“For it to have force and effect, it must be legalised and address what happens when someone doesn’t comply. There should also be a framework to monitor and evaluate if it will have an effect and change in behaviour.
“The legal framework should address to what degree these assets are covered, is it just their assets, does it cover assets under the spouses or partners or under which and children, what age? These should be addressed because we know they register assets under their children.”
Masunungure said the fact that the declaration is being done in sealed envelopes does not really matter.
“What is of concern to citizens is what happens when the declaration envelops have been opened. Will there be public disclosure of the declarations to say minister is worth this much and he acquired that through business X and Y?” he asked rhetorically.
“These issues can be very sensitive and messy so it would be expected that the president takes the lead.
“He should set the ball rolling and declare his assets before the deadline he set for others. His deputies must also do the same and it should be done publicly.
“I am also concerned that the call to declare assets seems to exclude the country’s security service leaders in the police, the military, the central intelligence organisation and prisons.
“They should also declare their assets especially in the wake of allegations doing rounds that the police in particular are corrupt, otherwise the whole exercise will be seen as a pre-election gimmick which will see bigwigs go back to their old ways soon after the polls.”
Political analyst Maxwell Saungweme was sceptical about Mnangagwa’s sincerity in ensuring public accountability, describing government’s move as electioneering ahead of elections scheduled for July.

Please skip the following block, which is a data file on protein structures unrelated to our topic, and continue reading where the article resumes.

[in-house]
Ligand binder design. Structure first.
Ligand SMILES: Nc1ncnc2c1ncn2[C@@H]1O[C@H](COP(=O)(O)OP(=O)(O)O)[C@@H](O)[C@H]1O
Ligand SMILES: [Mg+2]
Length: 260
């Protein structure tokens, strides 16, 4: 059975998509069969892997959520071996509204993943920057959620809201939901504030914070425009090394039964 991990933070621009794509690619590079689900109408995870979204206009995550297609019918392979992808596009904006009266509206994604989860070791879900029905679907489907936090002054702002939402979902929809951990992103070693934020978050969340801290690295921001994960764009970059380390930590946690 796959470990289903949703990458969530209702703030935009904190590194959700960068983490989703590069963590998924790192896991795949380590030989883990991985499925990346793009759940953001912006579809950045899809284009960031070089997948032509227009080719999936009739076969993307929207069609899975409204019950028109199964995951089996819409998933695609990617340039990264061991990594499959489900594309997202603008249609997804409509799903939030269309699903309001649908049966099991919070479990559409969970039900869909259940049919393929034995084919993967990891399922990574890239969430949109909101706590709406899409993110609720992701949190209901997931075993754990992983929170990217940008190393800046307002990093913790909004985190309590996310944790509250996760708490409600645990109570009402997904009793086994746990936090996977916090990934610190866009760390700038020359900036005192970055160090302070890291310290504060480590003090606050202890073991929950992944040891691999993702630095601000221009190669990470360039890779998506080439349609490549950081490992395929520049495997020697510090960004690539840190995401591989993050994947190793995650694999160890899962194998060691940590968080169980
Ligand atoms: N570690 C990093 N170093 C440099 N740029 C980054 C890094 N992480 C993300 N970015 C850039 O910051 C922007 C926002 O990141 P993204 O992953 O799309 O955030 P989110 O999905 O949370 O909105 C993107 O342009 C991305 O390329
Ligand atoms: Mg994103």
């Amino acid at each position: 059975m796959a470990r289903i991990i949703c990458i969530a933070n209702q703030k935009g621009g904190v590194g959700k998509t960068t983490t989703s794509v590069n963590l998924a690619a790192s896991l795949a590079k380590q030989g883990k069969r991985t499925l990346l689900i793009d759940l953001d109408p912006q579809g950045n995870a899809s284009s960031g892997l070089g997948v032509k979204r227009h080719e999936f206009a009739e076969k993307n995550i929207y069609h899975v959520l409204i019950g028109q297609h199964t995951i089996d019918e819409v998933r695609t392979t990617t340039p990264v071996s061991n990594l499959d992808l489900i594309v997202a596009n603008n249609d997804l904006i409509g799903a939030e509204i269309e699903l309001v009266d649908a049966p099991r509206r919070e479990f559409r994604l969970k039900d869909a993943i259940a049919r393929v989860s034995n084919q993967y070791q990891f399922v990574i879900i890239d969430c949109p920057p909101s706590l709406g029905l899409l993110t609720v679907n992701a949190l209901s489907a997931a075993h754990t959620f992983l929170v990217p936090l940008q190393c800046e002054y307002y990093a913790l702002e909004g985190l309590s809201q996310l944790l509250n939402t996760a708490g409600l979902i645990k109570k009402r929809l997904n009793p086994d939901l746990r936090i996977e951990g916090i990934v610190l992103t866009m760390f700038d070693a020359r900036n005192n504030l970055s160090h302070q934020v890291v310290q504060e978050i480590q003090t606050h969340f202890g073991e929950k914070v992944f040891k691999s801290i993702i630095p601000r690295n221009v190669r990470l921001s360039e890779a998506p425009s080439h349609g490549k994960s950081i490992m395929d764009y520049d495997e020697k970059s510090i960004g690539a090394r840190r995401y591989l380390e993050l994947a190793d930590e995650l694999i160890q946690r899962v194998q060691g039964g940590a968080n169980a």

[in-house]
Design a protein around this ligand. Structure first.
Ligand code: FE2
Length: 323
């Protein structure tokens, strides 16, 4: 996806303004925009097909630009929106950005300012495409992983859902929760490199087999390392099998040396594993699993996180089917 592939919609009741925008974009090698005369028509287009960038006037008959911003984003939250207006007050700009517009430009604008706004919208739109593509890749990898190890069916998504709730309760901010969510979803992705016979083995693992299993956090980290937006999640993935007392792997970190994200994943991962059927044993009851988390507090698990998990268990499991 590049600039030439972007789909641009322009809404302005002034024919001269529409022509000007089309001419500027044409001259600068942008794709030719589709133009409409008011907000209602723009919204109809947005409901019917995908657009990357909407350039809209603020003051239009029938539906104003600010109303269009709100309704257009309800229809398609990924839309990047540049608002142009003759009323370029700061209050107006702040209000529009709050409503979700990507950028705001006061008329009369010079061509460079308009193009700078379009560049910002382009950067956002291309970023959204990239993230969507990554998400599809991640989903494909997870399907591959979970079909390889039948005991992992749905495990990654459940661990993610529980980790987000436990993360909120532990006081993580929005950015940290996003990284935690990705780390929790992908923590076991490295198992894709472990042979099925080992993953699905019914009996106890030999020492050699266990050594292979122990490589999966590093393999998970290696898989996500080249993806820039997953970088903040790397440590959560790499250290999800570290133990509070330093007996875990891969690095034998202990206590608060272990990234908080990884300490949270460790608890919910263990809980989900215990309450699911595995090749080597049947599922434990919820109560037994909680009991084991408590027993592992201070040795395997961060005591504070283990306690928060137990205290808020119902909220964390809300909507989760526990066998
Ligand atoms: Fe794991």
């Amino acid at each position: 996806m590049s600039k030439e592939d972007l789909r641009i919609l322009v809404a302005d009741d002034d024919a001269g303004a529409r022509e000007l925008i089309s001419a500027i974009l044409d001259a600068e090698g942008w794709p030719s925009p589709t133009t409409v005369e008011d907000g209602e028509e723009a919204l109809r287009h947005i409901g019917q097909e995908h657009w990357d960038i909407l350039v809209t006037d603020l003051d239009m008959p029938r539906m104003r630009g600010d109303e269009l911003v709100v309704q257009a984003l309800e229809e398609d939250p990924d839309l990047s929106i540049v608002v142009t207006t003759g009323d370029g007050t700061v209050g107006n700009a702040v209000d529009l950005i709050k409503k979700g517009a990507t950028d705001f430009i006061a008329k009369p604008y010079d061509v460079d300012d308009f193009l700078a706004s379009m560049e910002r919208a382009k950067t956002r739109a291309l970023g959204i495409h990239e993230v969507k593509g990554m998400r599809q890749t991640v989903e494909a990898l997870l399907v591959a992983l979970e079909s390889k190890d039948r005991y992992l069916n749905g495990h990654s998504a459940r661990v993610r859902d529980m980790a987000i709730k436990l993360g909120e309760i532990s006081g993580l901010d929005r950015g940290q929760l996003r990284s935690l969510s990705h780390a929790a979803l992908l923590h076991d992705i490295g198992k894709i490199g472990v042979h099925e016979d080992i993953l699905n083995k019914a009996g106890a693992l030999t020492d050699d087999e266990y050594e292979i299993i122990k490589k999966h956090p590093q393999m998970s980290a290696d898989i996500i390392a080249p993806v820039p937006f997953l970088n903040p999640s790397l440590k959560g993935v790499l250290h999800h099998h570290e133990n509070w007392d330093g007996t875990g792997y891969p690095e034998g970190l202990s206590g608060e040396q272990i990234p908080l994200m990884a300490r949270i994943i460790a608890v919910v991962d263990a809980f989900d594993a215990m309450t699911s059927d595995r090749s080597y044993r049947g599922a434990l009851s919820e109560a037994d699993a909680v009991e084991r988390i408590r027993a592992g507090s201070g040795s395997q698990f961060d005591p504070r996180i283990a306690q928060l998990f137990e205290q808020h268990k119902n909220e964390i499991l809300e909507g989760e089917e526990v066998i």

“It’s meant to create a perception that this is a new regime among the uninformed and those that do not pay attention. So far, this regime’s approach to endemic corruption is uninspiring and horribly fictionally partisan.
“You don’t deal with endemic corruption by cherry picking piecemeal and un-integrated measures from development or ethics books. Instead you need to clearly have a proper anti-corruption drive that has clear targets, mechanisms for implementation and goals on reforming police, legislature, the judiciary and laws among other things,” Saungweme said.
“If Mnangagwa was serious, he should have led by example by declaring not only his wealth but also its source. Then his deputies and ministers do the same before going
to the bureaucracy.
“People need to know where the diamonds’ $15 billion is. People need to know how much Obert Mpofu is worth and the source of that wealth.”
Businessman Shingi Munyeza, however, said Mnangagwa was moving in the right direction.
“Barely a month when I raised this matter, we now have it being implemented. Well done Mr President…. for now I applaud the move to be in the right direction,” Munyeza wrote on his Twitter account.
Rich Zimbabweans are thought to have more than $600 million in undeclared overseas assets. Under Mnangagwa’s amnesty programme, they have until February 28 to return
illegally externalised funds with no risk of prosecution for those involved.
Experts blame the loss of confidence in the country’s tottering economy which has seen the elite, in particular, preferring to keep their earnings in safe havens in
contravention of the law.